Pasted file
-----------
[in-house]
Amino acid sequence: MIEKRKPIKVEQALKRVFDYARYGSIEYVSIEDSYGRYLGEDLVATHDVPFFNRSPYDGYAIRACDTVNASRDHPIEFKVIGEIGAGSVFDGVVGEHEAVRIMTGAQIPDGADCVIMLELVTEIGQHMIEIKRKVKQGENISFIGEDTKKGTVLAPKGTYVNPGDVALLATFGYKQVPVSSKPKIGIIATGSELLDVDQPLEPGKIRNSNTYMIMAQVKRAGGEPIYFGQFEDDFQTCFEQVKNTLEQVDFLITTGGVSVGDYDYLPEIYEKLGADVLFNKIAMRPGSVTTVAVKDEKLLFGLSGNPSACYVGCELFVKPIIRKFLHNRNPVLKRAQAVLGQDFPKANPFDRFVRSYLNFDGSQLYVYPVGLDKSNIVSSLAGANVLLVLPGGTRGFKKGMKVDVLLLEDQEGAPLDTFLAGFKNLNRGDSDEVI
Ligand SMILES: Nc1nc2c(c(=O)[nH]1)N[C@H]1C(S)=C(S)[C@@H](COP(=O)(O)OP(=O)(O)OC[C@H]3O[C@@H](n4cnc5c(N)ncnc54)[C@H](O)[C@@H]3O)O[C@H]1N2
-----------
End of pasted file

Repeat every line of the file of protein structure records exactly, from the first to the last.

[in-house]
Amino acid sequence: MIEKRKPIKVEQALKRVFDYARYGSIEYVSIEDSYGRYLGEDLVATHDVPFFNRSPYDGYAIRACDTVNASRDHPIEFKVIGEIGAGSVFDGVVGEHEAVRIMTGAQIPDGADCVIMLELVTEIGQHMIEIKRKVKQGENISFIGEDTKKGTVLAPKGTYVNPGDVALLATFGYKQVPVSSKPKIGIIATGSELLDVDQPLEPGKIRNSNTYMIMAQVKRAGGEPIYFGQFEDDFQTCFEQVKNTLEQVDFLITTGGVSVGDYDYLPEIYEKLGADVLFNKIAMRPGSVTTVAVKDEKLLFGLSGNPSACYVGCELFVKPIIRKFLHNRNPVLKRAQAVLGQDFPKANPFDRFVRSYLNFDGSQLYVYPVGLDKSNIVSSLAGANVLLVLPGGTRGFKKGMKVDVLLLEDQEGAPLDTFLAGFKNLNRGDSDEVI
Ligand SMILES: Nc1nc2c(c(=O)[nH]1)N[C@H]1C(S)=C(S)[C@@H](COP(=O)(O)OP(=O)(O)OC[C@H]3O[C@@H](n4cnc5c(N)ncnc54)[C@H](O)[C@@H]3O)O[C@H]1N2